F3 Sound Wall Noise Barriers

Quoting from the Federal Highway Administration:

Noise barriers are solid obstructions built between the highway and the homes along a highway. They do not completely block all noise they only reduce overall noise levels. Effective noise barriers typically reduce noise levels by 5 to 10 decibels (dB), cutting the loudness of traffic noise by as much as one half. For example, a barrier which achieves a 10-dB reduction can reduce the sound level of a typical tractor trailer pass-by to that of an automobile.

The Problem with Conventional Noise Barriers is twofold:

  1. The real cost, which is funded by taxpayers.
  2. The opportunity cost associated with not having those taxpayer funds available to tackle other important infrastructure projects.

No matter what measure is used for estimating the cost of constructing noise barrier walls for highways, it's damned expensive – exceedingly so! Depending on what Internet search result one references, these noise barrier walls cost from $2 million per linear mile and upwards to as much as $20 million per mile (reportedly) for an installation in Los Angeles. When installing these sound walls on both sides of the highway; multiply by 2. Using a different measure, funding the construction of noise barriers can cost taxpayers as much as $92,000 per impacted home. 

Highway noise is a real problem for many residences. However, if we believe even government is subject to the law of finite resources, there's likely three choices:

  1. Do Nothing, continue status quo: Absorb the cost to the detriment of other much needed infrastructure projects or grow the public deficit even larger.
  2. Stop Building Noise Barriers: This may ultimately become the defacto choice if we opt for door #1 above. This choice simply pretends that noise has no impact on exposed populations.
  3. Find a More Affordable Solution: This is the choice F3 Online subscribes to as it being not just the most reasonable, but ultimately, it being the only real choice we have in order to both protect and conserve.

F3 Online offers three solutions relating to Sound Wall Noise Barriers:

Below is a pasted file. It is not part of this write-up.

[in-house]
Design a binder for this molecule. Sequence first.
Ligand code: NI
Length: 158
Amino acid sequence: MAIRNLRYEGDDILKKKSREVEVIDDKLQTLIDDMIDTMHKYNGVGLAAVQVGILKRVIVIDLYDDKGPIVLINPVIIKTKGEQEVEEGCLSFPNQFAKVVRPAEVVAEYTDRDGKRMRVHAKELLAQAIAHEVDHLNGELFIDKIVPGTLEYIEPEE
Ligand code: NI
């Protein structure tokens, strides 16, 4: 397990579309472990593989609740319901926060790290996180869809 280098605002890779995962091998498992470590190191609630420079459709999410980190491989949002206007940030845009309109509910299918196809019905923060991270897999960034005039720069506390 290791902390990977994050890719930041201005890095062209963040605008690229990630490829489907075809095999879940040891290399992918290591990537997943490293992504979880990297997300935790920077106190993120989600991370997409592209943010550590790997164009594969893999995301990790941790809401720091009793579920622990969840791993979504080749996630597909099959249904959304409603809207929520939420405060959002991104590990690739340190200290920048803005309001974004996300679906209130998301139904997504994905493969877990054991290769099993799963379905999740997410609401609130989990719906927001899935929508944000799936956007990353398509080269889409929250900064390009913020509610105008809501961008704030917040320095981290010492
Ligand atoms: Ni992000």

1. Artistic, sculptured facades for rejuvenating existing walls and noise barriers — "existing" means walls already installed and paid for
  2. Artistic, sculptured facades designed into the molding for building new walls and noise barriers — if a project is already committed, at least let us help make it visually appealing at an affordable cost.
  3. A lightweight, but highly durable and effective noise barrier design, custom engineered to satisfy or exceed the minimum requirements established by the FHWA noise regulation, found at 23 CFR 772. It both absorbs and reflects sound — a no-brainer solution in our opinion. This choice also delivers the benefit of making the noise barrier visually appealing without much additional cost.

A brief description for each of the solutions offered by F3 Online follows:

    1. Applying Solution #1 for creating artistic, sculptured facades offers two methods for fabricating the structures, both achieving the same result from the visual perspective. The cost of this solution is quite affordable compared to the cost of raising and reconstructing an existing noise barrier.  There are two choices for creating this sculptured facade:
      • Fabricate EPS foam to sculpt a "positive" image of the facade. This sculpted EPS foam is then used to create a "negative" mold for casting the final structure.
      • Fabricate EPS foam to sculpt the image of the facade and apply long lasting, weather and sun resistant protective coating to the EPS structure.
    2. Solution #2 is exactly like Solution #1 with the exception being that #1 is really a refurbishment of an existing structure while #2 is engineered into the design of a new noise barrier. Cost is the downside of this solution because it really is just making the visual appeal of a conventional noise barrier an integral part of the design.
    3. Solution #3 is the ENCOURAGING choice simply because it directly addresses the cost problem associated with conventional noise barriers — and solves it! — without lessening any sound abatement qualities.

Solution #3 offers the following, superior benefits:

Skip to toolbar